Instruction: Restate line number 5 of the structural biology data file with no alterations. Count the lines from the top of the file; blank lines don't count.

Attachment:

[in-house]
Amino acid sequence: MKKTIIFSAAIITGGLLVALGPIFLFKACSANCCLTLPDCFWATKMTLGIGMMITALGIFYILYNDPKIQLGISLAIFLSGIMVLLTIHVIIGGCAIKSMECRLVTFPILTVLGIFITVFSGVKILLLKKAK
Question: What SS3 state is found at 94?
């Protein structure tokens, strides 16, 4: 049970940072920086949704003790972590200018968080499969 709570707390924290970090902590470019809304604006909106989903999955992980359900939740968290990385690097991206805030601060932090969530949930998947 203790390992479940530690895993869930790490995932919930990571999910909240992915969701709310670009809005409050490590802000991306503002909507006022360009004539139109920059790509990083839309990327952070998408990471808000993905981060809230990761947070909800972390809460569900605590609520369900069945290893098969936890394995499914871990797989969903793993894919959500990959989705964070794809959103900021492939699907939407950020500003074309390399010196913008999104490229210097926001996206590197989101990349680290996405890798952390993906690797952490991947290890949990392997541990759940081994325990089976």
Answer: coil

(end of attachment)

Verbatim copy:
Answer: coil